The cascade of cyberattacks from the WannaCry ransomware that encrypted hospital computers to the Dyn attack that took down large swaths of the internet, to the most recent GoldenEye (or Petya) malware that is still sweeping the globe, the parade is never-ending. In a recent article in the New York Times, IDT Corporation’s Global CIO Mr. Ben-Oni outlined an attack on his company that is worth reading closely for several key take aways.
A deep investment of millions of dollars in anti-virus, intrusion detection and firewall systems, did not prevent the critical attack that masqueraded as ransomware but was really aimed at stealing employee credentials to create an ongoing compromise of IDT’s systems. According to the article, Mr. Ben-Oni followed advice that he had received from an N.S.A. employ and deployed three firewalls, three antivirus solutions, and three detection systems. Mr. Ben-Oni was rigorous in subscribing to 128 publicly available threat intelligence feeds, 10 subscription threat intelligence feeds (costing IDT hundreds of thousands of dollars annually) and each and every preventative measure he put in place failed to catch the attack.
What is vitally important is that the attackers were after employee credentials. Once you compromise authentication, you have the keys to the kingdom and you can take your time emptying out the vault.
Also, note that the layered network defenses from some of the foremost vendors in the world failed to protect against this attack. Millions of dollars were spend on modern-day detection systems were ineffective in protecting the company.
What can we learn from this? First – we must use Multi-Factor Authentication rather than single credentials – particularly ones that can be harvested and replayed against us. Second, the Cyber-Defense playbook needs to be changed to prioritize the strengthening of credentials over the layering of network defenses. There will always be zero-day vulnerabilities and tools such as the leaked NSA “Double Pulsar” that will be used to get past these network cyber defenses. The integrity of our systems, networks and computing infrastructure at a corporate and national level, relies then on securing the core authentication credentials that are the keys to the kingdom.
The attack demonstrates that network oriented approaches are mere “band-aids” without using some accompanying “antibiotics” – the important first step is to secure authentication and then layer on the network defenses. There’s a failure in critical thinking when we continue to pour hundreds of millions of dollars into a failed defensive strategy while neglecting core defenses. Authentication is under attack as the weak underbelly of cybersecurity.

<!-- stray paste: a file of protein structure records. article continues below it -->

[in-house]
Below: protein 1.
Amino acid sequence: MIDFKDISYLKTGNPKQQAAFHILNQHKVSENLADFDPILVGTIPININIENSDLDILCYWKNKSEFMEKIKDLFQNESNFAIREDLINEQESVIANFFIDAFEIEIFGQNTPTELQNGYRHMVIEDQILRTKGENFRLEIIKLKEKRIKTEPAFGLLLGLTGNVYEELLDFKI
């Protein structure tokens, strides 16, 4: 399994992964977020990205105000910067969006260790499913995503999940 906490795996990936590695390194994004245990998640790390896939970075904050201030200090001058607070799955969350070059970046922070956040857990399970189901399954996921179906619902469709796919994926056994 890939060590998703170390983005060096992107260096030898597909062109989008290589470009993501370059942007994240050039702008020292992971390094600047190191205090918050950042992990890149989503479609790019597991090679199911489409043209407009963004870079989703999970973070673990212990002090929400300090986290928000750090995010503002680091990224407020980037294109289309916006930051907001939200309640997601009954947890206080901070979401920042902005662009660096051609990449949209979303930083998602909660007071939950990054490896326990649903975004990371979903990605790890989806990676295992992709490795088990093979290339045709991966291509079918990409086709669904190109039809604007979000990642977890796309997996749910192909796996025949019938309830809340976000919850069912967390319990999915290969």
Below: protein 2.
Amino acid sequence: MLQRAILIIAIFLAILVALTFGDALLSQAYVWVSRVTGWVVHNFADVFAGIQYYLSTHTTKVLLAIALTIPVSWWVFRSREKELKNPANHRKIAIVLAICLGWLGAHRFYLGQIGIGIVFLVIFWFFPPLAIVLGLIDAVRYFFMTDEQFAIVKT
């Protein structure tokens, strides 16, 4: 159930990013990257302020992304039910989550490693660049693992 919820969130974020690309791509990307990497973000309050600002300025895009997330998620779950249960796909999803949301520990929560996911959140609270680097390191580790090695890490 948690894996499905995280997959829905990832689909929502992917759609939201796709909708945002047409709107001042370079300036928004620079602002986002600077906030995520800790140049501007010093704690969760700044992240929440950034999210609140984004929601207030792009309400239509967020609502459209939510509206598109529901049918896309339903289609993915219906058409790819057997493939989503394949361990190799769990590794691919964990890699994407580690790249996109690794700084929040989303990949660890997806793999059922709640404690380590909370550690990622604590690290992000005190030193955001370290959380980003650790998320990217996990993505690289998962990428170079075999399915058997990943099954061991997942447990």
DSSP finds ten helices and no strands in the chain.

It has been a while since I looked at the combined dollars going into the network oriented cyber defensive companies relative to those offering strong authentication but I see some tipping points ahead as we start to rethink cyber-defense from the ground up and start to secure authentication. When we founded the FIDO Alliance and worked on its core protocols (FIDO-UAF and subsequently U2F and FIDO2.0) a principal design goal was to prevent scalable attacks by dramatically raising the cost of attacking authentication and we have achieved that quite well.
Beyond this specific attack on IDT, the last Verizon Data Breach report estimated that 81% of cyberattacks involved a stolen or compromised authentication credential – that is a stunning indication of where our underbelly lies. At a recent industry conference, both Google and Microsoft spoke about their identity-aware proxies as a layered defense mechanism for their cloud services. Separately, FIDO Alliance was spoken about extensively by NCCOE, NIST and many private companies such as Microsoft and Google, as a key building block for security & identity. At Nok Nok Labs, we are working on a closer integration of device/user and network authentication. Perhaps the IDT attack and the alarm bells sounded by Mr. Ben-Oni will persuade smart CIOs and boards to actively accelerate changes in their authentication strategy.